Responsibility or freedom? Getting the balance right
‘Over-permissive’ or ‘disengaged’ parenting leaves children vulnerable and unprotected
In recent times we have read about the problems of being a “helicopter parent” who “hovers” over children becoming over-involved, deciding too much for children and not giving them the freedom to learn from their own mistakes.
However, equally problematic is “over-permissive” or “disengaged” parenting, when anything goes and children are given too much freedom for them to handle, or when parents are disconnected from their children in a way that leaves them vulnerable and unprotected. The key to good parenting is to strike a balance between empowering children to decide for themselves and setting rules to guide and protect them.
Setting clear rules
In my clinical experience, generally parents set too few rather than too many rules with their children. Good parents can be persuaded by their children to be “over permissive” rather than “over controlling” and this can lead to problems.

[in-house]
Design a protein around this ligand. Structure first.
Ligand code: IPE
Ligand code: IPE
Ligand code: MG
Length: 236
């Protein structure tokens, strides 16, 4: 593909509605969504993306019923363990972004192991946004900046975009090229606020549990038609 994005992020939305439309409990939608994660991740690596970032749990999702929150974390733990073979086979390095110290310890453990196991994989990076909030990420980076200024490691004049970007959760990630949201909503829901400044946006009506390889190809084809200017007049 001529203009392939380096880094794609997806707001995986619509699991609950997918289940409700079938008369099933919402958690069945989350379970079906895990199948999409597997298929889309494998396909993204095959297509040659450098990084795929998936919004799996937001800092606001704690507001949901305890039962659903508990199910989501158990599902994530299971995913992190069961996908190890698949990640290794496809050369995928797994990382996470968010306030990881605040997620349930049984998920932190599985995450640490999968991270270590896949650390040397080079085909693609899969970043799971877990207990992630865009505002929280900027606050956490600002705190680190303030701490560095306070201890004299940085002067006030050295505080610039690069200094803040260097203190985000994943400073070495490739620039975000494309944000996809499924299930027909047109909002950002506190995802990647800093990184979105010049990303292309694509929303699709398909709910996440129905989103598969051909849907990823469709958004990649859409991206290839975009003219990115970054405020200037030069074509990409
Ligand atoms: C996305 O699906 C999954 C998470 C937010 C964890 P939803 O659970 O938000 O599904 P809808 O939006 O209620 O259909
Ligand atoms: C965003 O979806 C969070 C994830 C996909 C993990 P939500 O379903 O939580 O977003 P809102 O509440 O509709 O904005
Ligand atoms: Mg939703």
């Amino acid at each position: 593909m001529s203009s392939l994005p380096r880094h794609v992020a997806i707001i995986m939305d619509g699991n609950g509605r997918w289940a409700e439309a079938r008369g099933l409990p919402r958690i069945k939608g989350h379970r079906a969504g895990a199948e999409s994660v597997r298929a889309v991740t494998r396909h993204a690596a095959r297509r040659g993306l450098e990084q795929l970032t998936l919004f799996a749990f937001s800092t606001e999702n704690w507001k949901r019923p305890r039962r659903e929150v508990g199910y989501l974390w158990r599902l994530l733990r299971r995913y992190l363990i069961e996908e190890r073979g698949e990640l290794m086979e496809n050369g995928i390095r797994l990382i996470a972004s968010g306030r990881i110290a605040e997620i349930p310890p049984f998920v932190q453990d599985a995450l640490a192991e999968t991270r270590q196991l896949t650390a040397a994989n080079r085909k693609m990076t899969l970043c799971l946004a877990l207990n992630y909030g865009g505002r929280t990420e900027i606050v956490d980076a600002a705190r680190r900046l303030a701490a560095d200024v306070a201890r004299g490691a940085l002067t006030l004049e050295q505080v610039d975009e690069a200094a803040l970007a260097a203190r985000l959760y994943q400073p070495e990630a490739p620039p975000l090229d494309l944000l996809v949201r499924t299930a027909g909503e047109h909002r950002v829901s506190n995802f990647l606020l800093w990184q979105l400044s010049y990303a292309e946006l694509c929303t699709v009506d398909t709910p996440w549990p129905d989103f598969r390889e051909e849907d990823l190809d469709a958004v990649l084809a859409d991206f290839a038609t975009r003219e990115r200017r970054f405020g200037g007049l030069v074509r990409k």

Recently, I worked with a family, where the 12-year-old boy had access to his tablet overnight with his own private password (meaning his parents could not monitor his online activity). As a result, he was accessing violent and pornographic sites which were having a detrimental impact on him. Clearly, he needed definite rules about his tablet use, including a ban on late-night use and the agreement his parents would know his password to monitor his use. However, his parents had drifted into a situation of not setting appropriate rules around technology and it took some time to re-establish them.
In addition, many parents might let their young teenage children drink alcohol at home with their friends out of a belief that this is safer than them drinking in unsupervised settings. The problem is there is no evidence for this more permissive stance and in fact the evidence is to the contrary. Young teenagers who drink at home – albeit supervised by their parents – are much more likely to binge drink outside the home in unsupervised ways than peers whose parents adopt a more conservative stance. While there is room for negotiation, children need clear, positive and generally conservative rules around safety to guide them.